Following the discussion of what constitutes human essence-based management in Part 1, this piece will explore the link between new management and prosperity. To start off with another Peter Drucker’s lesson, social relevance comes first and the goal of every organization lies outside itself. If we hold Drucker’s words as ground zero, how relevant are current business practices to the society? Does acting on reason actually make for a good reason?   With business and society merging, it is important for managers to go beyond numbers into rich, deep, and

I listened and spoke to a lot of the leading management thinkers in the world at the Drucker Forum. Everybody is pretty much in agreement that we need to sort out our economies and to do that we need to have meaningful work to enable everybody’s full potential and capacity to be realised for their individual good as well as their employers, the economy and society generally. As always with this high-level thinking, there’s plenty of good research and evidence to support it, and some examples in real life companies,

The Global Drucker Forum of Vienna has become a major international convention for management and covers some of the main references of global management meetings. Held in memory of Peter Drucker it pays tribute to his inspiration. The alliance of the Forum with the Harvard Business Review guarantees global impact. Also, there was presence of prominent personalities from The Financial Times, The Economist and the BBC. Drucker defined modern management from a very humanistic perspective which continues to inspire the event in an extraordinary way, bringing together the best in

Just over two years ago Rick Wartzman noted in a Drucker Society Europe blog the numerous initiatives in recent years based around the evidence showing that a humane and thoughtful approach to leadership and management is actually better for corporate performance than more exploitative or short-termist approaches. Appreciative Inquiry, Conscious Capitalism and Shared Value, among others, all received a mention.   Though he approved of all these developments, he struck a cautionary note:   “Does this flurry of activity add up to more than a bunch of scattered conferences and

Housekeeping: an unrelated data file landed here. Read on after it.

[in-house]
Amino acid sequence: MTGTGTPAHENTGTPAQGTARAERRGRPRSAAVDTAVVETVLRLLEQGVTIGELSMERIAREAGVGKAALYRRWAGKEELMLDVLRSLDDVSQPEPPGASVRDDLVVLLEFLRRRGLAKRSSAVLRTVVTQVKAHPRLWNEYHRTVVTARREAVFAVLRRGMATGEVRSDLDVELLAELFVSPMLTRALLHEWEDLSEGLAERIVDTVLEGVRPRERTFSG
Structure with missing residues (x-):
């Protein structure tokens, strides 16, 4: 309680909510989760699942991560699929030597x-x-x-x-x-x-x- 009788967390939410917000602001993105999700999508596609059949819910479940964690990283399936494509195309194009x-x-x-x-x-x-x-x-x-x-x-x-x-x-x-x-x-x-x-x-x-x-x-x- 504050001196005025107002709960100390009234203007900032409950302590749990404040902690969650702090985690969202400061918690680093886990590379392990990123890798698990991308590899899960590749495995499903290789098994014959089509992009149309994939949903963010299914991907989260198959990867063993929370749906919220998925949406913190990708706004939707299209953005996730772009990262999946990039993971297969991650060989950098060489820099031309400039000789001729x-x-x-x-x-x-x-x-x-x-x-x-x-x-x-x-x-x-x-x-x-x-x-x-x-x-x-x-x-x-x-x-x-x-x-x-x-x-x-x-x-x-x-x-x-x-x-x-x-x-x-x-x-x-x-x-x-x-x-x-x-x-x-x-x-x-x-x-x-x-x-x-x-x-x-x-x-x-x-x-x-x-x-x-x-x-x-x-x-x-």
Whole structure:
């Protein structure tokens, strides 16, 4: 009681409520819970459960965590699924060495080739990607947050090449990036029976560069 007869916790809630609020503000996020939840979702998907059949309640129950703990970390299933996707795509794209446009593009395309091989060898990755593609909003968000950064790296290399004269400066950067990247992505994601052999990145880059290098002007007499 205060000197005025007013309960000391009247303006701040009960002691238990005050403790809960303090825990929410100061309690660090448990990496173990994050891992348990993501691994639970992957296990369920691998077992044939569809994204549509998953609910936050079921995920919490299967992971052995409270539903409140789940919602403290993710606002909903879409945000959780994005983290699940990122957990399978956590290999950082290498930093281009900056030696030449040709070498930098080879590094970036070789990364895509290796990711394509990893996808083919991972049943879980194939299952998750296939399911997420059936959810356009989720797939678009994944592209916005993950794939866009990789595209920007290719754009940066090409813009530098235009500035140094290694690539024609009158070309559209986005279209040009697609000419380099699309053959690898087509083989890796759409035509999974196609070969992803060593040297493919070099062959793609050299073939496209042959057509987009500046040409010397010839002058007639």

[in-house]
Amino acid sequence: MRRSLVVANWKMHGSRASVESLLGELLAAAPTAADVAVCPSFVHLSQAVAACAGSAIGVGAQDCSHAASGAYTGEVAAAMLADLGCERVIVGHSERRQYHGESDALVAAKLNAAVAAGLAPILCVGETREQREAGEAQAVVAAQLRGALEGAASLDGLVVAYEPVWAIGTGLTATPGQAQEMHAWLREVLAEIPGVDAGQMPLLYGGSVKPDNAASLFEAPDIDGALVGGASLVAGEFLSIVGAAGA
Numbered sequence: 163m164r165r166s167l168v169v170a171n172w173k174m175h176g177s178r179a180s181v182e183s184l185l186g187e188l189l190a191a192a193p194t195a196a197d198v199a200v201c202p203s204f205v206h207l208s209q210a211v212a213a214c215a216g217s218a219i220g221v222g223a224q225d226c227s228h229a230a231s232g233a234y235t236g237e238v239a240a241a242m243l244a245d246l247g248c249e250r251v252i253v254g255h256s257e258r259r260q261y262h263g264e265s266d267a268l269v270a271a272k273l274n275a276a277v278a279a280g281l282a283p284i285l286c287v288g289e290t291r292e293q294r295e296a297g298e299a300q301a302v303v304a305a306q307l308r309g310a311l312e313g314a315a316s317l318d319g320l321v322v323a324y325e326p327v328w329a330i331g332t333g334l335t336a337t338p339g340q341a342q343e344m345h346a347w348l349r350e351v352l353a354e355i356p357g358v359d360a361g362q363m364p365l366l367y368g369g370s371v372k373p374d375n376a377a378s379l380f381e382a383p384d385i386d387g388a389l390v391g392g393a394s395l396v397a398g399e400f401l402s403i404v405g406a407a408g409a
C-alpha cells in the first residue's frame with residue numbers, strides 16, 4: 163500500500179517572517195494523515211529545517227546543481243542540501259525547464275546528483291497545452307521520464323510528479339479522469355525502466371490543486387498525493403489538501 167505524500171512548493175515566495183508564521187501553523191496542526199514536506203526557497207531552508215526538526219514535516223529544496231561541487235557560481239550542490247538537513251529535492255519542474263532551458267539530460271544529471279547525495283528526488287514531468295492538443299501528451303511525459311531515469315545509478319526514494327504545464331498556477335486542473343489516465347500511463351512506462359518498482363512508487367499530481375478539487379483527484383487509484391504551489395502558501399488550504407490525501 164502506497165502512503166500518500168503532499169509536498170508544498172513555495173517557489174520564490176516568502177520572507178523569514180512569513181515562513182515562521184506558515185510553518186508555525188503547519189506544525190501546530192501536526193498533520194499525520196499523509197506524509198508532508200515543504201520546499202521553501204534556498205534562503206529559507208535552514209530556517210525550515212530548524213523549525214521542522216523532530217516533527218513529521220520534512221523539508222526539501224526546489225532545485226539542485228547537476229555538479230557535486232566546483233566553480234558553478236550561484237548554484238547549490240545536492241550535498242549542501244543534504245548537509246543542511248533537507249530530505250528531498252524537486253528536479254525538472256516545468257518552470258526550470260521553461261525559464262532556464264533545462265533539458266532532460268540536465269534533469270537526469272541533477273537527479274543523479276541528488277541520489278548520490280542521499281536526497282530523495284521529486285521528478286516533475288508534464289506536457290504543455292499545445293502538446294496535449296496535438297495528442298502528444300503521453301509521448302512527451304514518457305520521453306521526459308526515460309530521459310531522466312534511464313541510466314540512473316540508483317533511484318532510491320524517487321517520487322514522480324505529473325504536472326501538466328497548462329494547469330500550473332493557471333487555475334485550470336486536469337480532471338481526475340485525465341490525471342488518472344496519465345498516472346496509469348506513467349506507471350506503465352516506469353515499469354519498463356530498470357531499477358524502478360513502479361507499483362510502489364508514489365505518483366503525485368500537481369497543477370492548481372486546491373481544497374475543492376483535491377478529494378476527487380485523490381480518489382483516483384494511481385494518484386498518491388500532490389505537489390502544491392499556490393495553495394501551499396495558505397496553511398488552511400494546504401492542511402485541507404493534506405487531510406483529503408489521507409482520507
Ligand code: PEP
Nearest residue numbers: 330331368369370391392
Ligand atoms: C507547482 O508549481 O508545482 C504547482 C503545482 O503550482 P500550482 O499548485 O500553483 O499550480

This blog was originaly published on the HuffPost blog.   Billed as “The Great Transformation”, its work was cut out for itself from the moment you could register online. A conference paying homage to the brilliance of Peter Drucker has now become an annual calendar fixture not to be missed. The 6th iteration of the Global Peter Drucker Forum — recently held in Vienna, naturally — has arguably become the TED or Davos of all leadership conferences. But could we shift into an era of “managing our way to prosperity,”

The 6th Global Drucker Forum ended on November 14 with a series of comments and calls to action from the major speakers involved. The last of these was HBS professor Clay Christensen, who called for more cooperation and harmonizing of language among management experts. He illustrated the kind of cooperation he was talking about with a story about Florida governor Jeb Bush and how he had shared slides from a presentation on the topic of child-centred education and the reform of the American education system. Forbes columnist Steve Denning quoted

It has been 60 years since Peter Drucker pointed out to the management world an importance of inner human world and its impact on prosperous organization functioning. Today, managers are finally embracing his words and are starting to “lead not only through knowledge, competence and skill but through vision, courage, responsibility, and integrity.” However, in order to fully reap the benefits of this ethos, it is important to approach it holistically, as Peter Drucker would and did.   Human essence, as I shall refer to the question of what makes

Author Jørn B. Andersen, European Director, Clareo and Advisory Board Member Kellogg Innovation Network   The theory of the firm was one of Peter Drucker’s great insights about how to analyse and understand why once great companies and organisations decline or develop themselves into oblivion. The central challenge for all organisations including government is ’What to do’. The root cause of every organization’s crisis is not necessarily that things are done poorly. The problem is that things done become fruitless. The reason for this is that the assumptions upon which

“Every few hundred years throughout Western history, a sharp transformation has occurred”, Peter Drucker wrote (http://blogs.hbr.org/2014/10/what-peter-drucker-knew-about-2020/) in 1992. Today’s great transformation is being driven by digital technology. We are on the verge of a new epoch of smart computers that MIT’s Andrew McAfee and Erik Brynjolffsen describe as the “Second Machine Age”. Drucker himself imagined this revolution as “the shift to a knowledge society.” But it’s actually an information technology revolution – the artificially intelligent new world of the Internet of Things, self-driving cars and IBM’s Watson.   So how

Short Bio: In his 32 years with IBM Dr. Richard Straub has held key international executive functions such as Deputy General Manager for PC Europe and Global Chief Learning Officer. Since . 2006 he has started a new career working with non-profit organizations – as part time executive and as social entrepreneur. He is currently executive committee member at the European Foundation for Management Development (EFMD) and Secretary General of the European Learning Industry Group (ELIG). In addition he retained a strategic advisory role for the IBM Global Education Industry.